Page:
Today we're going to focus on the following submitted question:
- "I'm interested in the answers to 73 and 74, and to a lesser extent 72. Basically I want to know what the roadblocks are that are preventing people from donating or that are making people decide to quit donating."
Before we show you those results, however, let's talk about data we're not showing you yet. In the last Survey Sunday, we fielded several queries from some of you regarding the Fanlore sections of the survey, including a great request for conclusions drawn from cross-referencing responses to multiple questions. We're currently working on those questions and eventually hope to provide you with all of that info and more, but there were too many essay-style responses for us to complete the Fanlore section for this Survey Sunday.
How we're working on the data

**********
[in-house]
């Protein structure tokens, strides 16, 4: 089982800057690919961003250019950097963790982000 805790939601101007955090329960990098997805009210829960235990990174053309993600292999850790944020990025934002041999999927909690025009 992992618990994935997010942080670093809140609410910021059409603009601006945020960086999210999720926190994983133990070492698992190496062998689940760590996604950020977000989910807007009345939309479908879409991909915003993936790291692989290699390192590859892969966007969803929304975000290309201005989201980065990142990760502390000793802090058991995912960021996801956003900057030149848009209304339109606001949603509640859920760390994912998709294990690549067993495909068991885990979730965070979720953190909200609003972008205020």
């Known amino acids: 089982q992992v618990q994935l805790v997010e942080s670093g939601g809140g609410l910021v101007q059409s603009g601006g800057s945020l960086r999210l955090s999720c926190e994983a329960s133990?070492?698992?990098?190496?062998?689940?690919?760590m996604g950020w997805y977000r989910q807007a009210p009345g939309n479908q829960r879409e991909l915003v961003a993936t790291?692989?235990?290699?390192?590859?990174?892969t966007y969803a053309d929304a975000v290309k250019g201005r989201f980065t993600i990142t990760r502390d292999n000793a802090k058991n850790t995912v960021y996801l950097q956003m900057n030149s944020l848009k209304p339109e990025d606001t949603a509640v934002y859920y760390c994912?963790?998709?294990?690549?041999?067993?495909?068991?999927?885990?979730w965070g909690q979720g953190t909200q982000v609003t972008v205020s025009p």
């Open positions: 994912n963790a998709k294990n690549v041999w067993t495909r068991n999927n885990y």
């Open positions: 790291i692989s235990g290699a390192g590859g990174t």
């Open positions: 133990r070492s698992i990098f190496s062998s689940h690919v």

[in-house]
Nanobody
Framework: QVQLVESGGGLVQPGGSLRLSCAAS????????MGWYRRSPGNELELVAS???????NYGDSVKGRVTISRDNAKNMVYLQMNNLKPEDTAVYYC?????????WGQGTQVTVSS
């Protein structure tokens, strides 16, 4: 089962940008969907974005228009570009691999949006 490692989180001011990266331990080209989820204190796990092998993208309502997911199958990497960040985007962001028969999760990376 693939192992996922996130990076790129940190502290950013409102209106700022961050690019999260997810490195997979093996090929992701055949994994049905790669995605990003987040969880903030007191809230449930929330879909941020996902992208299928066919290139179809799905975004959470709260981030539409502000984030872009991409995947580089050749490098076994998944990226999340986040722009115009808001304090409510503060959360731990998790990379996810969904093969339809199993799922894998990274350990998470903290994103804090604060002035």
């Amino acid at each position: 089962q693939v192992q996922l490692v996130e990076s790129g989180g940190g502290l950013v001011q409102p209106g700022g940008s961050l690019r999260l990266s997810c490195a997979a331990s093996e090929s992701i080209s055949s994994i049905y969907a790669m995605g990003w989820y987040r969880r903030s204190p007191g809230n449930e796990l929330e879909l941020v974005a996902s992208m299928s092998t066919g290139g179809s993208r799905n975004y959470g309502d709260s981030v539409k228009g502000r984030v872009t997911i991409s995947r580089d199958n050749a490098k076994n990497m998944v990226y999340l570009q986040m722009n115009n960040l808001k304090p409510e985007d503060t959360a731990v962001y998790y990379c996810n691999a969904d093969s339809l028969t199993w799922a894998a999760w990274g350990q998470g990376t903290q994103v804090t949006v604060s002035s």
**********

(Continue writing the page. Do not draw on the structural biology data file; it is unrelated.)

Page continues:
The survey workgroup in charge of combing through all ~6,000 responses has been organising and filtering the data almost from day one (that is, since the results came in), but only recently met for the first time to define goals and settle on a methodology. We agreed that before we can really know how to categorize the data we're dealing with, we need to get a clear overview of what the feedback actually is.
Since many questions can be grouped together by subject, we've split up into mini-teams that have agreed to work on each grouping, both individually and as an overall composite set of data, such as the 3 questions we're sharing with you today. Here's a bird's-eye view of the organization process for these mini-teams:
- preview the data and develop a good understanding of it